The original mistake both sides made in the Edward Low Dispute was their failure to draw up and sign a legal, mutually binding artifact loan contract or artifact donation contract. Either document would have left no basis for any dispute over final ownership of the Low Tablet.
Paranoia and anxiety run wild in the American artifact collector community these days. Nonetheless, if an artifact collector ever wants to show a legally obtained and legally owned artifact to a professional archaeologist or museum director—and she is afraid she will never see her artifact again—all she has to do is have her attorney draw up a contract (or other written agreement) saying that the artifact is being loaned for archaeological examination for a specified period of time. A few sharp, close-up, color photographs of the artifact with a centimeter scale in each photograph should be part of the contract. The owner of the artifact and the professional archaeologist or museum director must both sign the legally binding contract or agreement. When the specified time in the contract or agreement expires, the professional archaeologist or museum director must surrender the artifact to its owner. That should dispel most of the unwarranted collector or citizen paranoia and anxiety about temporarily leaving an artifact with one of us professional archaeologists for examination.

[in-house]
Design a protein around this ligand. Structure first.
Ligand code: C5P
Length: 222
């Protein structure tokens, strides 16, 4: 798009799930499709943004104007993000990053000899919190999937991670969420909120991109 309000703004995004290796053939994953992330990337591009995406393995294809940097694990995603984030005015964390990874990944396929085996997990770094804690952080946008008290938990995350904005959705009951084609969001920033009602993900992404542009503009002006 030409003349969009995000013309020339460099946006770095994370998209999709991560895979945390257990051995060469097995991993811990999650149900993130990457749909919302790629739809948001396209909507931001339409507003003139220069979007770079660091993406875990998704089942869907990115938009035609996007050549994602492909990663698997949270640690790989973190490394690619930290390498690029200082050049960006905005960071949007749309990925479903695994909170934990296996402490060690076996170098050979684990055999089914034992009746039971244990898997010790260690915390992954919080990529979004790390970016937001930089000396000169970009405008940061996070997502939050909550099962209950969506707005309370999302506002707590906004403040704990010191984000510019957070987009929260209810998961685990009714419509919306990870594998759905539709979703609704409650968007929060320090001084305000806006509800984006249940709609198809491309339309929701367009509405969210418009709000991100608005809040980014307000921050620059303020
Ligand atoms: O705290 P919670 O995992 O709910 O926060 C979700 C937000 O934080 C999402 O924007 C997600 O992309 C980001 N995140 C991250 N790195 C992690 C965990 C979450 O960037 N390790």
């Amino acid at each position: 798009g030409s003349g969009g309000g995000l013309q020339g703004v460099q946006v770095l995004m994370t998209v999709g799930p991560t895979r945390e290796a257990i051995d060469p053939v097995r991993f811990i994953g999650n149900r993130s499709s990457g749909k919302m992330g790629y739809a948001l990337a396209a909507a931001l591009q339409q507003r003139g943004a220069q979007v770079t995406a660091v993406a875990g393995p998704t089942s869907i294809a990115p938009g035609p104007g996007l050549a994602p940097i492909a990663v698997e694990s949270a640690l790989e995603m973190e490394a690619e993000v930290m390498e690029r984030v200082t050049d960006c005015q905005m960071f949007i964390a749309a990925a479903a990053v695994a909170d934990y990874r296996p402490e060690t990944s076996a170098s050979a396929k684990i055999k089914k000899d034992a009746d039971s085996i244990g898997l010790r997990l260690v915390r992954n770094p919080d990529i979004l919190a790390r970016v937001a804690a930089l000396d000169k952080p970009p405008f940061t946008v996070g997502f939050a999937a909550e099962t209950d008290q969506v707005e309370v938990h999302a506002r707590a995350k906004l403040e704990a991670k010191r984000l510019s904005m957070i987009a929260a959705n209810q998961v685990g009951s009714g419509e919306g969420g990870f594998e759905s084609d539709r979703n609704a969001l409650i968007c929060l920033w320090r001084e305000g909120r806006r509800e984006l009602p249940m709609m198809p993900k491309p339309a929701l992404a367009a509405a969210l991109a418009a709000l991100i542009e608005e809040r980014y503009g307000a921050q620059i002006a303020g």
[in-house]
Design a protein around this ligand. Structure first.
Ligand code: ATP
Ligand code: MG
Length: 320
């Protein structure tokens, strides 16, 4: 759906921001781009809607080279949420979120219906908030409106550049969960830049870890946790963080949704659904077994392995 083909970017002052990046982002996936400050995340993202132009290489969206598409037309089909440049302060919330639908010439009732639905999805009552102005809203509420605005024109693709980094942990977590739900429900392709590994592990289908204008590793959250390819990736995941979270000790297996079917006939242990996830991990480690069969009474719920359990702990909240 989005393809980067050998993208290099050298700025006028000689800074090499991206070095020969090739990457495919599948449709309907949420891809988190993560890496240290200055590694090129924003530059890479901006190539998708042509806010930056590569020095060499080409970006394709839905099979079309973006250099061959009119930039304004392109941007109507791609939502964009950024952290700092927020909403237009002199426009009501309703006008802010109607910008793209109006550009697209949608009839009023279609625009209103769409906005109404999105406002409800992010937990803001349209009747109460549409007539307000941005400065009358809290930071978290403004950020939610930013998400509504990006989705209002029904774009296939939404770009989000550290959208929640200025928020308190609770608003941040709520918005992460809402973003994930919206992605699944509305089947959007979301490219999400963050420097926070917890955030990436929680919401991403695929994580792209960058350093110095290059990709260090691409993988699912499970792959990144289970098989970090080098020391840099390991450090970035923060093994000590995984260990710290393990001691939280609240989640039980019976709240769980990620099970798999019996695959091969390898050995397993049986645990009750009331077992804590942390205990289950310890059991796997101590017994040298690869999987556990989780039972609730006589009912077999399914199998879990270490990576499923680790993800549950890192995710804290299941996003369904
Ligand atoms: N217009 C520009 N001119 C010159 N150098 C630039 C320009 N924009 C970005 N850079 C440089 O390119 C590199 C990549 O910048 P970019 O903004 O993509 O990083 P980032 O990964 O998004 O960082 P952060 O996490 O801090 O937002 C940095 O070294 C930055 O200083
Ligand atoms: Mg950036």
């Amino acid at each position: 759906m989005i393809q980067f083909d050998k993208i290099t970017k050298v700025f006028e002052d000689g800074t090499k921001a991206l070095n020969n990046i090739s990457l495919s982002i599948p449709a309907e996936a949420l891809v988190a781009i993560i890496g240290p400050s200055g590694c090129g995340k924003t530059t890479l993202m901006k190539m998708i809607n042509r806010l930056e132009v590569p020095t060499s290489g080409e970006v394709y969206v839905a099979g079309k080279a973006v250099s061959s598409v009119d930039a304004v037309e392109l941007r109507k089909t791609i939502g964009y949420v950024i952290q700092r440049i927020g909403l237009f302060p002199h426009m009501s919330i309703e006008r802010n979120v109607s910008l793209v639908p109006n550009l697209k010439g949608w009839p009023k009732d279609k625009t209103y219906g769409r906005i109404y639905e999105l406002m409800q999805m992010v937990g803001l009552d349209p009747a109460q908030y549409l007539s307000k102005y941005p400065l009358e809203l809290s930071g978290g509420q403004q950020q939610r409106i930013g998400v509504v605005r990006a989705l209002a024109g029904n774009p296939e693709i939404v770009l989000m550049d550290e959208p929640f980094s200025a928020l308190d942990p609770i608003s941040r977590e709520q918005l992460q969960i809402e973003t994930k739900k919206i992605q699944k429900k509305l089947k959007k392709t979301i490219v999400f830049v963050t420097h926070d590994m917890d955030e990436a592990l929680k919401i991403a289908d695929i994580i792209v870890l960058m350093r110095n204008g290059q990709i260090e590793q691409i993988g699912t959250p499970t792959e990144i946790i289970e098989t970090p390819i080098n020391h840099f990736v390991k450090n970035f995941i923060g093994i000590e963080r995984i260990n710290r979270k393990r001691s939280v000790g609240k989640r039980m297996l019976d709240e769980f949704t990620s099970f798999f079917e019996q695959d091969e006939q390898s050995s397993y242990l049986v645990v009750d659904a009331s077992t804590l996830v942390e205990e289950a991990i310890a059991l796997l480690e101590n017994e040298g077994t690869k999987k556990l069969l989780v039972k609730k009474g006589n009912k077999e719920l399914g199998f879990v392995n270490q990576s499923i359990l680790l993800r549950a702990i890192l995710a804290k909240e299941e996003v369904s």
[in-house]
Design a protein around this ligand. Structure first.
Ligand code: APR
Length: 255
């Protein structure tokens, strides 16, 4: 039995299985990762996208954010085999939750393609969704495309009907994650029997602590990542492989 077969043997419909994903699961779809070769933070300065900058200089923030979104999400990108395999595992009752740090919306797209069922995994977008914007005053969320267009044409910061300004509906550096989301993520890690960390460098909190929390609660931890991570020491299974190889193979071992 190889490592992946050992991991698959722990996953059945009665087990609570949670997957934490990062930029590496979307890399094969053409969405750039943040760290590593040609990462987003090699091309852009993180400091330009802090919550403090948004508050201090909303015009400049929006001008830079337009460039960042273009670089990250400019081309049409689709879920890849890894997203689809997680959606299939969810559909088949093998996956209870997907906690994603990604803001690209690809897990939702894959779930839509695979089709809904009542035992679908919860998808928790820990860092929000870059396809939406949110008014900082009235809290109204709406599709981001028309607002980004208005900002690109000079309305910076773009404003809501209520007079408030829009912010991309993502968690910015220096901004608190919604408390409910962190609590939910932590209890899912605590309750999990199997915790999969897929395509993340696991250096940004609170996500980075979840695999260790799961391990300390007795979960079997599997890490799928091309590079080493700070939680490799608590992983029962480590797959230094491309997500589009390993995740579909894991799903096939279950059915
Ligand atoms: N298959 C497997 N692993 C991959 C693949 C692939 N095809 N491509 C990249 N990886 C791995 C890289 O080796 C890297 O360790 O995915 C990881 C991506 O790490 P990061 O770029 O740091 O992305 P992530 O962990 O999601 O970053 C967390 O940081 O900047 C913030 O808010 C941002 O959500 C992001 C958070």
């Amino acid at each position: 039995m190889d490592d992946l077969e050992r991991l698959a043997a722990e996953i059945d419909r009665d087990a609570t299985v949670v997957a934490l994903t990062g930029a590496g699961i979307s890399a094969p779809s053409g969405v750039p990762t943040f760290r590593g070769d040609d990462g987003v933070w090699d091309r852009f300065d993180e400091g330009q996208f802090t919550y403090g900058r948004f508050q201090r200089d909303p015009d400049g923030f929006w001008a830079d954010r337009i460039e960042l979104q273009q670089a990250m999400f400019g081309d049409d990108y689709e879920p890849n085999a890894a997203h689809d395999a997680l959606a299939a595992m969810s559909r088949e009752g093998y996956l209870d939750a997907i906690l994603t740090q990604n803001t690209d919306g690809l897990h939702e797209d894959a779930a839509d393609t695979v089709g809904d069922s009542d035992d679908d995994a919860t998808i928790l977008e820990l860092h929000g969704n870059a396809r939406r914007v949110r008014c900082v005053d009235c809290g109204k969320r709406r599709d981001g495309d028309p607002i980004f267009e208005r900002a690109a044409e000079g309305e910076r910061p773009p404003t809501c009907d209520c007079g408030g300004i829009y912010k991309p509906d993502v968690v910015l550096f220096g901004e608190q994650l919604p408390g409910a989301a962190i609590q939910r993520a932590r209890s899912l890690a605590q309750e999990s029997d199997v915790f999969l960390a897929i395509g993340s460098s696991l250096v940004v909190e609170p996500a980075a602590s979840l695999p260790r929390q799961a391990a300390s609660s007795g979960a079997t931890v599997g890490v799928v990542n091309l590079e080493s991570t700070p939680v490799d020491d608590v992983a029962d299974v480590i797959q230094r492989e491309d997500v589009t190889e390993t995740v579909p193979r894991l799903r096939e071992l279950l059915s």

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Yes, had a professional archaeologist look at my collection and wanted to take photo’s. He used a tee shirt as a backdrop. Little did I know that the artifacts he wanted, were pushed under the tee shirt and he lifted them into his camera bag. When he was confronted about the artifacts that I wanted back he could not look at me. Instead of bringing the artifacts back he ran to a crooked lawyer for help! He was one of only two people that look at these particular artifacts. Did not have the money to obtain legal help and wanted to give the person a chance to come clean.
If this ever happens to you, and beyond any doubt, throw a couple of artifacts on the ground call him back to show him more!
Beat him with a baseball bat and call the police. It’s the only way you will get any justice although you will never see your property again you will have the satisfaction of kicking his ass! More then likely you will win the court case when the police pick up artifacts. Once the artifacts are stolen you have very little chance of getting them back. The law will not bother searching his house nor give him a lie detector test.